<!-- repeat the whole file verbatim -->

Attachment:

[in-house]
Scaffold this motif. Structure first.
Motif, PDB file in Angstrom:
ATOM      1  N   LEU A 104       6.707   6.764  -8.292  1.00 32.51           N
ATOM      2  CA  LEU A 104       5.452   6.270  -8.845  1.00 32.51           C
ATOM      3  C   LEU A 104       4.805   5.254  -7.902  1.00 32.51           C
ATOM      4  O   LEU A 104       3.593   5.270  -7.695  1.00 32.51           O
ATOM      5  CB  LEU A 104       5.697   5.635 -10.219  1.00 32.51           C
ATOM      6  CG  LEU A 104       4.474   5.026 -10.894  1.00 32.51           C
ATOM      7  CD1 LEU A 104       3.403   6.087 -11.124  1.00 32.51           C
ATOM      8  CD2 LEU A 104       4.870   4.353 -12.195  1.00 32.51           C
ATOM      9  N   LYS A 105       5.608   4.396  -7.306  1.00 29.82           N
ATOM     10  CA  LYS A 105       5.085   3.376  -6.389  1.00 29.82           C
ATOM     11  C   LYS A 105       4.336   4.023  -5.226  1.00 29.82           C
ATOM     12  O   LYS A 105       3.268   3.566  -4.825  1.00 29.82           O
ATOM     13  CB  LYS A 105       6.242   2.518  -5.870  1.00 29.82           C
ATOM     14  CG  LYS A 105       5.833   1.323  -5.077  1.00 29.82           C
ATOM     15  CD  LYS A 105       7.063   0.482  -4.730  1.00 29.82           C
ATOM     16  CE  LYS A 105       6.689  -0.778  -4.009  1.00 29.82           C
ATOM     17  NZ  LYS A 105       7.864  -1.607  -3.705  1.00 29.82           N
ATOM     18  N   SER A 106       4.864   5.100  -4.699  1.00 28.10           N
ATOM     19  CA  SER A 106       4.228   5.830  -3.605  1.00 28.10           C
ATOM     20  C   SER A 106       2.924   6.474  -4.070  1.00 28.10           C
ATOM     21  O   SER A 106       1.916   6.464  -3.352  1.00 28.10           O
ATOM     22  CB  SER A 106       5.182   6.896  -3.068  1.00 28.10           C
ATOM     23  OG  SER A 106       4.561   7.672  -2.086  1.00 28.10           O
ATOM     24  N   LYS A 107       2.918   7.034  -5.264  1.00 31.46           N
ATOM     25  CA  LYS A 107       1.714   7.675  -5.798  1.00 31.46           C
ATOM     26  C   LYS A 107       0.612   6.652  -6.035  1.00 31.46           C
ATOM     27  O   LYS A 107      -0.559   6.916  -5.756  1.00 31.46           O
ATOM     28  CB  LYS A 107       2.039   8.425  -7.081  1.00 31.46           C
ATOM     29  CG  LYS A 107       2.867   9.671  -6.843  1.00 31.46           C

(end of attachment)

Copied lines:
[in-house]
Scaffold this motif. Structure first.
Motif, PDB file in Angstrom:
ATOM      1  N   LEU A 104       6.707   6.764  -8.292  1.00 32.51           N
ATOM      2  CA  LEU A 104       5.452   6.270  -8.845  1.00 32.51           C
ATOM      3  C   LEU A 104       4.805   5.254  -7.902  1.00 32.51           C
ATOM      4  O   LEU A 104       3.593   5.270  -7.695  1.00 32.51           O
ATOM      5  CB  LEU A 104       5.697   5.635 -10.219  1.00 32.51           C
ATOM      6  CG  LEU A 104       4.474   5.026 -10.894  1.00 32.51           C
ATOM      7  CD1 LEU A 104       3.403   6.087 -11.124  1.00 32.51           C
ATOM      8  CD2 LEU A 104       4.870   4.353 -12.195  1.00 32.51           C
ATOM      9  N   LYS A 105       5.608   4.396  -7.306  1.00 29.82           N
ATOM     10  CA  LYS A 105       5.085   3.376  -6.389  1.00 29.82           C
ATOM     11  C   LYS A 105       4.336   4.023  -5.226  1.00 29.82           C
ATOM     12  O   LYS A 105       3.268   3.566  -4.825  1.00 29.82           O
ATOM     13  CB  LYS A 105       6.242   2.518  -5.870  1.00 29.82           C
ATOM     14  CG  LYS A 105       5.833   1.323  -5.077  1.00 29.82           C
ATOM     15  CD  LYS A 105       7.063   0.482  -4.730  1.00 29.82           C
ATOM     16  CE  LYS A 105       6.689  -0.778  -4.009  1.00 29.82           C
ATOM     17  NZ  LYS A 105       7.864  -1.607  -3.705  1.00 29.82           N
ATOM     18  N   SER A 106       4.864   5.100  -4.699  1.00 28.10           N
ATOM     19  CA  SER A 106       4.228   5.830  -3.605  1.00 28.10           C
ATOM     20  C   SER A 106       2.924   6.474  -4.070  1.00 28.10           C
ATOM     21  O   SER A 106       1.916   6.464  -3.352  1.00 28.10           O
ATOM     22  CB  SER A 106       5.182   6.896  -3.068  1.00 28.10           C
ATOM     23  OG  SER A 106       4.561   7.672  -2.086  1.00 28.10           O
ATOM     24  N   LYS A 107       2.918   7.034  -5.264  1.00 31.46           N
ATOM     25  CA  LYS A 107       1.714   7.675  -5.798  1.00 31.46           C
ATOM     26  C   LYS A 107       0.612   6.652  -6.035  1.00 31.46           C
ATOM     27  O   LYS A 107      -0.559   6.916  -5.756  1.00 31.46           O
ATOM     28  CB  LYS A 107       2.039   8.425  -7.081  1.00 31.46           C
ATOM     29  CG  LYS A 107       2.867   9.671  -6.843  1.00 31.46           C